Budding rivalry fun for friends Fish, Roddick
Before Pete Sampras retired in 2002 after winning the U.S. Open, most tournament directors used to salivate at the thought of a potential All-American final pitting gritty baseliner Andre Agassi against the smooth serve-and-volleying Sampras.
You could always count on the longtime rivals for a riveting match that would easily be a sellout.
Though not at the same level, every time two young American friends, Andy Roddick and Mardy Fish, are on opposite sides of the net, something special happens.
"I don't know for some reason we've always had tough close matches every time we played," Fish said. "I don't know if we know each other's game inside out."
Fish and Roddick staged a classic battle in the finals of last year's $2.45 million Western & Southern Financial Group Masters that starts Monday in Mason, Ohio.
Roddick topped Fish, 4-6, 7-6 (3), 7-6 (4), giving tournament director Bruce Flory something to smile about.
"All things being equal, people like people from their own country, someone to root for," Flory said. "If you have someone to other than Andy to root for, it's certainly great for tennis in the U.S."
Roddick, the No. 2 seed, and Fish are both back this year. They will have some tough competition as the top 50 players in the ATP Tour rankings race are entered including 12th-seed Andre Agassi, who plays Fish in the first round, and No. 1 seed Roger Federer, who faces Dominik Hrbaty in the first round.
Americans Todd Martin and James Blake and Australian Mark Philippoussis were the only three players of note to withdraw from the event.
Wildcards for the qualifying rounds that started this morning were given to Ohio State All-American Jeremy Wurtzman, 15-year-old American phenom Donald Young and French Open junior finalist Alex Kuznetsov.
For Fish, playing in the final last year was rewarding because he got to face his good buddy while proving that he could play with the best on a grand stage.
"It was a storybook tournament for me playing Andy in the finals in such a big tournament," Fish said. "It kind of catapulted me and got people to know my name and to see that I can play a little tennis.
"Playing in the finals of Cincinnati was very special for both of us."
That week in the Queen's City Fish did more than just a little to solidify his position as a rising young American.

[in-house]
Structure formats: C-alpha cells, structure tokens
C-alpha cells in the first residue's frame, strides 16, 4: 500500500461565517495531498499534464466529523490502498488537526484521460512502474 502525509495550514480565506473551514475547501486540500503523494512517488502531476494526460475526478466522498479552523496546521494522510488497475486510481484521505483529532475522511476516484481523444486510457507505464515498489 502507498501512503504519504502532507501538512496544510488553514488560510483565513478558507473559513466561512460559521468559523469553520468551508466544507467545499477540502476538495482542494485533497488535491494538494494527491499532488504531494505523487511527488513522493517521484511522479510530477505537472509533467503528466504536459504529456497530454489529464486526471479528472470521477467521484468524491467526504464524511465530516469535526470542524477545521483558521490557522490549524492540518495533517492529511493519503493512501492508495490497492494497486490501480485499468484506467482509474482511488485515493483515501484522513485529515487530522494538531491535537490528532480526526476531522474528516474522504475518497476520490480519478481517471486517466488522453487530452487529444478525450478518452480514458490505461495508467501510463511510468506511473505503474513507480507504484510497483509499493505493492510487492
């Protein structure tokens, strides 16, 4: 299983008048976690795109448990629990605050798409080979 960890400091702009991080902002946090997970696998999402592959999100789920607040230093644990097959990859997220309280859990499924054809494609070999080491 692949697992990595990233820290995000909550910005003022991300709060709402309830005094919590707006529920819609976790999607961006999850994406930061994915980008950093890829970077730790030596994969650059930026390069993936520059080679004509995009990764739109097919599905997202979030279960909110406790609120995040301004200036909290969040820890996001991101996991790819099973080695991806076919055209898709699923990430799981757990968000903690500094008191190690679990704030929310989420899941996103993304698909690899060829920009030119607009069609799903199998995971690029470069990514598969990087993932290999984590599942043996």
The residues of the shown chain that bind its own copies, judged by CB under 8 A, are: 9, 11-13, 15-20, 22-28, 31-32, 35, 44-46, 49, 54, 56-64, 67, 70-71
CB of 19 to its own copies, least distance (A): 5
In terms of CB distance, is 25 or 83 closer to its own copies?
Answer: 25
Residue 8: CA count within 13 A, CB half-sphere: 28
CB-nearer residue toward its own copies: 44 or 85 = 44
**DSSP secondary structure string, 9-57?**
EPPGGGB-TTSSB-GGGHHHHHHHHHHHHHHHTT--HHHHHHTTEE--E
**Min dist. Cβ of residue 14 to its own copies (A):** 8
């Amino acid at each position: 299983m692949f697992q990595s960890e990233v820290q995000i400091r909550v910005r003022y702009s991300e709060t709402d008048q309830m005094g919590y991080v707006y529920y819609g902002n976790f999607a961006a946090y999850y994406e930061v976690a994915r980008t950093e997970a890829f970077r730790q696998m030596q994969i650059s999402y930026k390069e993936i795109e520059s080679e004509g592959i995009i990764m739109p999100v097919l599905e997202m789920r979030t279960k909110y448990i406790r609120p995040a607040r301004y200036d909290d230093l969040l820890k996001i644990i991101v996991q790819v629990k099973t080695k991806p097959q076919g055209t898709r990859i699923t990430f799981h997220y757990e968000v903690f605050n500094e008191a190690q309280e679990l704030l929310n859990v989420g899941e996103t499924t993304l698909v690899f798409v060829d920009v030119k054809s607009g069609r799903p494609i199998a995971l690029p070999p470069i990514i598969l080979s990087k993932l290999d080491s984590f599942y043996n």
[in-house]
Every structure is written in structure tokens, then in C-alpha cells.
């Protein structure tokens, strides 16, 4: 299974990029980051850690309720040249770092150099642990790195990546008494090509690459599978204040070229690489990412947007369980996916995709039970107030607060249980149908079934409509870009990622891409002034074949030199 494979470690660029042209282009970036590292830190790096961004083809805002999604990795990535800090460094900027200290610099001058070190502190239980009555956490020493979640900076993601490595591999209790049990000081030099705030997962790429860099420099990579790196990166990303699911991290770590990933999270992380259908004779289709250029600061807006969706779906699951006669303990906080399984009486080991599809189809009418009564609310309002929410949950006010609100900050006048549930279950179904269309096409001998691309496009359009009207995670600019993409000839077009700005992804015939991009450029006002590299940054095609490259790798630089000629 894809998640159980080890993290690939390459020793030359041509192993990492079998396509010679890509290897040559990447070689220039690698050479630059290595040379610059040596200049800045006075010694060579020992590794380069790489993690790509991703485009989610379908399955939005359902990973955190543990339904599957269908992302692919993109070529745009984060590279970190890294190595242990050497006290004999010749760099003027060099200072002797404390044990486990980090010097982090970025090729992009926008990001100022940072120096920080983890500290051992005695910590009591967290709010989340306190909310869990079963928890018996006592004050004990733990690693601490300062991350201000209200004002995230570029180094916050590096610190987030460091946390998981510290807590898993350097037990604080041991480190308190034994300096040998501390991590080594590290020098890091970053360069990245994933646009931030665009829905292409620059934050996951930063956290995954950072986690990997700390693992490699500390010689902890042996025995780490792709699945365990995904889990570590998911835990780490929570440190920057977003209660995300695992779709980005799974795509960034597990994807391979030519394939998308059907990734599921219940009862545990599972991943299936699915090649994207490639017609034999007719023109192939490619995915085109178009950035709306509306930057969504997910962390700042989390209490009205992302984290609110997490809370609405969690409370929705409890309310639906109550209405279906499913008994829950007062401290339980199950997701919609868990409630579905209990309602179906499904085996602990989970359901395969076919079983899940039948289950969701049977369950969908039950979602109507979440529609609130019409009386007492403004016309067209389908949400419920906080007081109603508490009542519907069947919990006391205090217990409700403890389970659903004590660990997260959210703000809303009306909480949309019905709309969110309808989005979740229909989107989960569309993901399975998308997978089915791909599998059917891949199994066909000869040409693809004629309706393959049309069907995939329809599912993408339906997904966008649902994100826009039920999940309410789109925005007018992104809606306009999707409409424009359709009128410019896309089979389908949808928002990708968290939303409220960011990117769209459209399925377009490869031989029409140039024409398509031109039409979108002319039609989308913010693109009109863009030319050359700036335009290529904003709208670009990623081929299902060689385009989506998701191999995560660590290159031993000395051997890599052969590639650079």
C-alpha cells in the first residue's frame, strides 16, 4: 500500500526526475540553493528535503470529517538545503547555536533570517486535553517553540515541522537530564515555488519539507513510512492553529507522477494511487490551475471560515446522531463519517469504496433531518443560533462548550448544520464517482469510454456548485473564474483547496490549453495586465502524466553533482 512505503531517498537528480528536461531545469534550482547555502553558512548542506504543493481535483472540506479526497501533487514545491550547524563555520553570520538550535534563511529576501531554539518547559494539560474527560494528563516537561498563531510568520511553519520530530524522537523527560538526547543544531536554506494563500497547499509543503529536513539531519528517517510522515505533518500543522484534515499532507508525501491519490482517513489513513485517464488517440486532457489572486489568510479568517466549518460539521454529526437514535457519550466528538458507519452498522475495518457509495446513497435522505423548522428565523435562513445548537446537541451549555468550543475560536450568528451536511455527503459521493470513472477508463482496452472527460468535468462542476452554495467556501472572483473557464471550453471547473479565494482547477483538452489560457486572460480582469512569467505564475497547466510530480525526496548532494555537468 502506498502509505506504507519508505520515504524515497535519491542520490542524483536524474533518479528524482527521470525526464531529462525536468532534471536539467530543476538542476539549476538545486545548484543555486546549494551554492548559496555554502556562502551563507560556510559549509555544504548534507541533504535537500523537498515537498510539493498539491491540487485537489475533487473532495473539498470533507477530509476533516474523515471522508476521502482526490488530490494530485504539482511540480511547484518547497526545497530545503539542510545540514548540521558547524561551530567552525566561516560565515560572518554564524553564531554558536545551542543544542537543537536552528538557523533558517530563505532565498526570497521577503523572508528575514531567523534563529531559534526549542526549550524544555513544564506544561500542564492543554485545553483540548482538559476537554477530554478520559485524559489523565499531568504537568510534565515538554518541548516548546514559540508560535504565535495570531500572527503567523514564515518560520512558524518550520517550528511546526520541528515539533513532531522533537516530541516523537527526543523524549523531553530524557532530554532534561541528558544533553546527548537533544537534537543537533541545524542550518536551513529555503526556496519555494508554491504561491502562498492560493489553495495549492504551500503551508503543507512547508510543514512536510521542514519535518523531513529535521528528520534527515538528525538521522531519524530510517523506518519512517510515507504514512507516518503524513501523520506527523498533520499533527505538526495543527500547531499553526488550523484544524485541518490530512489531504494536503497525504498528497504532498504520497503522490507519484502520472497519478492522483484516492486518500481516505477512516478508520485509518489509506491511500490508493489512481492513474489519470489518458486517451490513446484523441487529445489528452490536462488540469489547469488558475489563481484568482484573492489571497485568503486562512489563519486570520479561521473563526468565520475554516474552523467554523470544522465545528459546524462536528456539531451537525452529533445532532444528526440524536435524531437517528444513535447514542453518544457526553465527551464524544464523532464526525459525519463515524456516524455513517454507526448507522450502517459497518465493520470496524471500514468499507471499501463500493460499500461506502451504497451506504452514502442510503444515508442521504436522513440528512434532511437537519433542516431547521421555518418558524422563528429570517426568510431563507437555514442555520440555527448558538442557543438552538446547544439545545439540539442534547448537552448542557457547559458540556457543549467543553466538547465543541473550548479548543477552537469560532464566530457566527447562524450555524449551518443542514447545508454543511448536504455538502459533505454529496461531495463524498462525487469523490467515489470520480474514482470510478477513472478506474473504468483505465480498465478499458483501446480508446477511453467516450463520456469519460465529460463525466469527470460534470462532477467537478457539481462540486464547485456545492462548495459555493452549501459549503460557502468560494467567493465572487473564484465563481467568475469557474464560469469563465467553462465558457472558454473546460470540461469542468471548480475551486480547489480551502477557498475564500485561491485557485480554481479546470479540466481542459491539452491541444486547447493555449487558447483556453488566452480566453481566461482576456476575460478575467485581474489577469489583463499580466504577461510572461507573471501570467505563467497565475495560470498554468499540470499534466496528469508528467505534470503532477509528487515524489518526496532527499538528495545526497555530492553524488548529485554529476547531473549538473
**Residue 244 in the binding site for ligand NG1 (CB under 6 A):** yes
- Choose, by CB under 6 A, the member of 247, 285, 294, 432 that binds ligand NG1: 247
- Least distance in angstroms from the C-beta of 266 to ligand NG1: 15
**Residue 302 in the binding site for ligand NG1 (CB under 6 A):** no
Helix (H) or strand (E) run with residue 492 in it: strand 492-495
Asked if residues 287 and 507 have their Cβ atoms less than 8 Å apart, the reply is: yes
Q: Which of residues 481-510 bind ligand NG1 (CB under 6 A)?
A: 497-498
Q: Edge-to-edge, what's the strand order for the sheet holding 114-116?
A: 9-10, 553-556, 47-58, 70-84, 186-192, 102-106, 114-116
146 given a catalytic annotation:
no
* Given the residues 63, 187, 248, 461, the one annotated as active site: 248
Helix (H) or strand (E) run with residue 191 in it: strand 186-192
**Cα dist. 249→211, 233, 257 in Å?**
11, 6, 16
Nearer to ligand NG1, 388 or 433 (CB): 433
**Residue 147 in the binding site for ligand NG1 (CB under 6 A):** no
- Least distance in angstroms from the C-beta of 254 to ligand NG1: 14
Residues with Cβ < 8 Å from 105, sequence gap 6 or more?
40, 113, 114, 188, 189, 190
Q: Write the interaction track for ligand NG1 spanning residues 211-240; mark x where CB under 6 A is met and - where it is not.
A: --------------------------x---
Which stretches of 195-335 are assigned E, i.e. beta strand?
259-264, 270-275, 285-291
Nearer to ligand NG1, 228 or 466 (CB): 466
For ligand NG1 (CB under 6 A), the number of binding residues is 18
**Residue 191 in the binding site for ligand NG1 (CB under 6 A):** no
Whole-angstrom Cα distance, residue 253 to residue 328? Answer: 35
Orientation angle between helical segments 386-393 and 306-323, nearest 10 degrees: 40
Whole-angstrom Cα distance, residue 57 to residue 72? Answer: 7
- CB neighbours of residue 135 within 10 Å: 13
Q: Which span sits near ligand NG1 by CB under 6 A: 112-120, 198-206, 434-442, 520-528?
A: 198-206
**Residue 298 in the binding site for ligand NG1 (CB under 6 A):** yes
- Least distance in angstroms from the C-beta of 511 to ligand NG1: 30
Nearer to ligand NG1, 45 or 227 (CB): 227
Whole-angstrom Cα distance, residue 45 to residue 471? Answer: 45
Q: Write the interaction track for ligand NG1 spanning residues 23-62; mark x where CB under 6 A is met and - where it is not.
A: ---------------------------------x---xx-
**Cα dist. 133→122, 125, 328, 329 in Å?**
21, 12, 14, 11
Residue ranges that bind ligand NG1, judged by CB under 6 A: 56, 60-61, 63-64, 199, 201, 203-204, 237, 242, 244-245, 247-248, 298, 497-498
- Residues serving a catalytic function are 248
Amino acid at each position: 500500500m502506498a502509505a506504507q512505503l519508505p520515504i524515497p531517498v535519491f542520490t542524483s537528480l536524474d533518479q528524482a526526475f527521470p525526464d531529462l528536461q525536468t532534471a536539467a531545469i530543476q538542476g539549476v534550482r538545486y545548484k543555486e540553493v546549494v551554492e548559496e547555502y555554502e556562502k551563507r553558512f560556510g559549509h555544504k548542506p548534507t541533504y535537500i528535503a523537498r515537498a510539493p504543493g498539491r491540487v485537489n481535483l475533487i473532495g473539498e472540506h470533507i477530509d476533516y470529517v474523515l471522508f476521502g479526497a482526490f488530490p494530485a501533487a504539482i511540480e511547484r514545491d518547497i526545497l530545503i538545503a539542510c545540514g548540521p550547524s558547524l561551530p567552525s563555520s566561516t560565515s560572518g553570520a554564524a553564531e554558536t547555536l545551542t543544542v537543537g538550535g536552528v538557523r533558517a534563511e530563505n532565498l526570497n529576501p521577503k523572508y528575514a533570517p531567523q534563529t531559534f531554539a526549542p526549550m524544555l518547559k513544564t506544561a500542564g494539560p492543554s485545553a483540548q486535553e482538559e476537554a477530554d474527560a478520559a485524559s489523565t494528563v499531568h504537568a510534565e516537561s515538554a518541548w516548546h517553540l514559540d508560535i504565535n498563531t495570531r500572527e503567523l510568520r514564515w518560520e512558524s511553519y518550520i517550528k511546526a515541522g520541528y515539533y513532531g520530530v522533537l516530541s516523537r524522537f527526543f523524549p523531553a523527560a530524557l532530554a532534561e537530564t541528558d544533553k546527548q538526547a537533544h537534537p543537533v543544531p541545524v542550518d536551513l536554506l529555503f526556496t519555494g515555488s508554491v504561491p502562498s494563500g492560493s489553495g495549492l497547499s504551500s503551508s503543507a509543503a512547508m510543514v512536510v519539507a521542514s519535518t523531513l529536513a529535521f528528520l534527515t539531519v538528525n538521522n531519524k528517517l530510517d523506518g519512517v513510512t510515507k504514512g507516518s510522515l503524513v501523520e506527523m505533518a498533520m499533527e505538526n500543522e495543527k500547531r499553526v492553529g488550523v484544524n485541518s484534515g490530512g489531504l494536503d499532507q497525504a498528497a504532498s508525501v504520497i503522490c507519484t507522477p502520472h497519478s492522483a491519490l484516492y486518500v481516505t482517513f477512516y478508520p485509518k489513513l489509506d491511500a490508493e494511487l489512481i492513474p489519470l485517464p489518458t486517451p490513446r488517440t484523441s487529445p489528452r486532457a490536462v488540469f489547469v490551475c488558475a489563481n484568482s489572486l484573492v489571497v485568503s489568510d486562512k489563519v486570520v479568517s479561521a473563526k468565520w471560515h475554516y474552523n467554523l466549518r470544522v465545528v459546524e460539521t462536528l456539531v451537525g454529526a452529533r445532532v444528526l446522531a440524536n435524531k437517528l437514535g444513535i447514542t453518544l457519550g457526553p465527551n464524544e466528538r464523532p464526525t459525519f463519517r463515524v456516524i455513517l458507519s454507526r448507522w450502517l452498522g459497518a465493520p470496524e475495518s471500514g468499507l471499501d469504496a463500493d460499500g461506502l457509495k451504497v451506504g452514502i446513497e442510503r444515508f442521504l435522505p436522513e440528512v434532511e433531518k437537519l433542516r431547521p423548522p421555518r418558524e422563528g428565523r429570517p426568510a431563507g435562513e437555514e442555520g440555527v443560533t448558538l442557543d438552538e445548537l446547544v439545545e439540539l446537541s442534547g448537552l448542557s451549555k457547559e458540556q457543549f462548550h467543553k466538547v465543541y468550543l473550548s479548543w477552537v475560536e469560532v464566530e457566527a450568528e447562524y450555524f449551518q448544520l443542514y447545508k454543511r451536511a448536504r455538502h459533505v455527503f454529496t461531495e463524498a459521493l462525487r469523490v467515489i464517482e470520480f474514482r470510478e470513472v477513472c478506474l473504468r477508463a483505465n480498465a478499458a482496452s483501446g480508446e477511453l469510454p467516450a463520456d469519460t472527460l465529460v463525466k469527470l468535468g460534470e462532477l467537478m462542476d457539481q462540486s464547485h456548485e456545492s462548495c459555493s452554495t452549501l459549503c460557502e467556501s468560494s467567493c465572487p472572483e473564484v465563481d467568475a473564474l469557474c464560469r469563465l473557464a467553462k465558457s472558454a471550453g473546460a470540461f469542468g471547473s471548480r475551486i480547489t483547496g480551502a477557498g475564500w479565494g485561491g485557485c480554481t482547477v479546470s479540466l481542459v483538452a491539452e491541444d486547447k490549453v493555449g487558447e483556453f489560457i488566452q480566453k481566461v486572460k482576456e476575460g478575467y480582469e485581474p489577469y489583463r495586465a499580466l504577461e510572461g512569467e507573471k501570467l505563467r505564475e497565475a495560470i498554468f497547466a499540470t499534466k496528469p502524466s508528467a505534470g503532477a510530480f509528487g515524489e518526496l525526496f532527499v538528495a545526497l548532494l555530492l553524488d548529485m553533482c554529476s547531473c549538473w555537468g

He reached three finals last year, won the first singles title of his career and finished the season ranked a career-high No. 20.
"I served really well last year and it seems like some of the tournaments where I madeit to the finals or won the tournament I played well," Fish said.
And although Roddick has a 3-1 edge against Fish, he has never gone down without a struggle.
In their latest encounter, Roddick eked out a 6-7 (13), 4-6 in the finals at San Jose earlier this season.
Their personal relationship tends to add to the intrigue of this budding rivalry. During their senior year in high school, the two attended Boca Prep (Boca Raton, Fla.) and Fish lived with Roddick's family.
"Growing up with him, living with him I realize his goals and our goals are the same," Fish said. "To see him achieving most of his goals, already, being No. 1 and playing Davis Cup, both of us playing Davis Cup was one of the most exciting things for me.
"It's hard to play him period just because he's an unbelievable tennis player."
Fish has participated in Davis Cup three times and will represent the U.S. at the Olympics in August. Representing his country is an honor he takes very seriously.
He once said that it would mean more to him to win an Olympic gold medal than to win a Grand Slam, but recently amended that statement.
"That's going to be special, to be able to walk out in the opening ceremonies, it's going to be great," Fish said. "You can't really go wrong with either one (winning a Slam or gold medal)."
A strained lower back prevented Fish from competing in the Tennis Masters Canada tournament that wraps up Sunday. But it would take a lot more than that to stop him from returning to Cincinnati, a place he enjoys visiting.
Fish said he would throw out the first pitch during the Reds game Sunday.
"I'm looking forward to getting back out there and playing Cincinnati, a tournament I love, one of my favorites," Fish said.